PMI strongly associated with death soon after surgery

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SurgeryInfectionSurgery that doesn’t involve the heart may cause perioperative myocardial injury (PMI) in people with known or at high risk of developing heart disease and and is strongly associated with death within 30 days afterwards, according to Swiss research.

Heart cell damage during or after non-heart surgery is an important yet often undetected complication following non-heart surgery and is strongly associated with death within 30 days after surgery, according to research. The causes of PMI are still under investigation.

“Patients with PMI are easily missed because they show no symptoms of heart disease in the majority of cases and only very rarely experience chest pain, which is the typical symptom of heart attack,” said Dr Christian Puelacher, first author of the study and a clinical researcher at Cardiovascular Research Institute Basel, in Basel, Switzerland.

To determine whether a patient’s non-heart surgery damaged heart cells, researchers screened patients for PMI by measuring levels of troponin – a heart protein – in the blood before and after surgery to determine if there was injury to the heart. Troponin can indicate damage to the heart even when the patient has no symptoms. Non-heart surgeries ranged from low-risk (prostate or knee surgery) to moderate risk (hip replacement or gall bladder removal) to high risk (peripheral artery bypass or resection of a lung or the liver).

The researchers found that 1 out of 7 patients above the age of 65 or with pre-existing coronary artery disease, peripheral artery disease, or stroke developed PMI. More than 90% of PMI patients reported typical chest pain. Patients with PMI had six times more likely to die of any cause within 30 days compared to patients without PMI. The high death rate associated with PMI persisted up to one year after surgery.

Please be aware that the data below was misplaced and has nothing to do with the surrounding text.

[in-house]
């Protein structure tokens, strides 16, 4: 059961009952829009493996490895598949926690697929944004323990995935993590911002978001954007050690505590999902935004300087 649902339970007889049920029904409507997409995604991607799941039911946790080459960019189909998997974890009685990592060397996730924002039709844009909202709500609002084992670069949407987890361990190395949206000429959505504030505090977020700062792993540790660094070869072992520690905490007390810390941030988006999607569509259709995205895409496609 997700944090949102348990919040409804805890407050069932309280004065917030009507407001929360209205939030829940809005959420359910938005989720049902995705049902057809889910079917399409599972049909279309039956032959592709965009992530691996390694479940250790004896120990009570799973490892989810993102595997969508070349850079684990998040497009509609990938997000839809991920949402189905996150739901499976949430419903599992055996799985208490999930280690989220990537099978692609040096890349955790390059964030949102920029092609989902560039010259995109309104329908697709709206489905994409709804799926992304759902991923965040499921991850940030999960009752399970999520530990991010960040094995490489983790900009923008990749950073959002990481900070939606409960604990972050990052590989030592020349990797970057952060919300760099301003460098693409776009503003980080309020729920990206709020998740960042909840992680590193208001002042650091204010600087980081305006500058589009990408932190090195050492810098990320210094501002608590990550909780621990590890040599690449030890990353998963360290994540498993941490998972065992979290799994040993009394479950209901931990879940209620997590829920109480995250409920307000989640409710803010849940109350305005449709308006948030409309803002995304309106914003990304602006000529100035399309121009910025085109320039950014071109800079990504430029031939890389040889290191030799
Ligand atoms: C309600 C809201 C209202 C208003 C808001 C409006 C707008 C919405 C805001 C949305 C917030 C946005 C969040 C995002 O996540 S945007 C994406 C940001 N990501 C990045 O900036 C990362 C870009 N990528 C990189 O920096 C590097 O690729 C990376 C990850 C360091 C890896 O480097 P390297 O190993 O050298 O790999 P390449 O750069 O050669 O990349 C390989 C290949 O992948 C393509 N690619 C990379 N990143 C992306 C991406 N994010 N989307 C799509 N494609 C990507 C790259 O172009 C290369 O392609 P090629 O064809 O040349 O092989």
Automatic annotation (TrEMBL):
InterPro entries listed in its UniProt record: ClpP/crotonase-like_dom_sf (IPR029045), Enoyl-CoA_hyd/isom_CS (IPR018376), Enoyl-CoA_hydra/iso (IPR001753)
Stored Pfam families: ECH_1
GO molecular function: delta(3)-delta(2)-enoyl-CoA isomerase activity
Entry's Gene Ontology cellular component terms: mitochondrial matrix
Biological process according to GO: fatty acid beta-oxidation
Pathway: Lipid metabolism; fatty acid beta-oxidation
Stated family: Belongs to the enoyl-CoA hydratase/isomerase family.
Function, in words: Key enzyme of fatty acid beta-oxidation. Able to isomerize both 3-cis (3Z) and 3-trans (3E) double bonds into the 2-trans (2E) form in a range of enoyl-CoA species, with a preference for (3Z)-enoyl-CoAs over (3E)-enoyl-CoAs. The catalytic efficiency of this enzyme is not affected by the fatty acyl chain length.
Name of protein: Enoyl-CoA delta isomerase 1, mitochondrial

The increased death rate within the first 30 days of surgery highlights that PMI is associated with death early after surgery, Puelacher said. After one year, it was clear that the patients who had high levels of troponin, meaning there was some damage to the heart from non-heart surgery, were more likely to die, and that the main increase in deaths was observed within the first weeks after surgery.

“Recognising PMI as a potential contributor to death after surgery might help improve the outcomes of non-cardiac surgery,” Puelacher said. “However, since there are no clear treatment recommendations for these patients, treatment currently has to be tailored to each patient individually. Therefore, further research is needed to find optimal PMI management strategies following detection.”

Patients were enrolled in the BASEL-PMI study, which is aimed at improving patient outcomes after non-cardiac surgery, focusing on heart complications in the period after surgery. From 2014 to 2015, 2,018 patients with known or at high risk of developing heart disease undergoing 2,546 non-cardiac surgeries at the University Hospital Basel in Switzerland, were included in the study.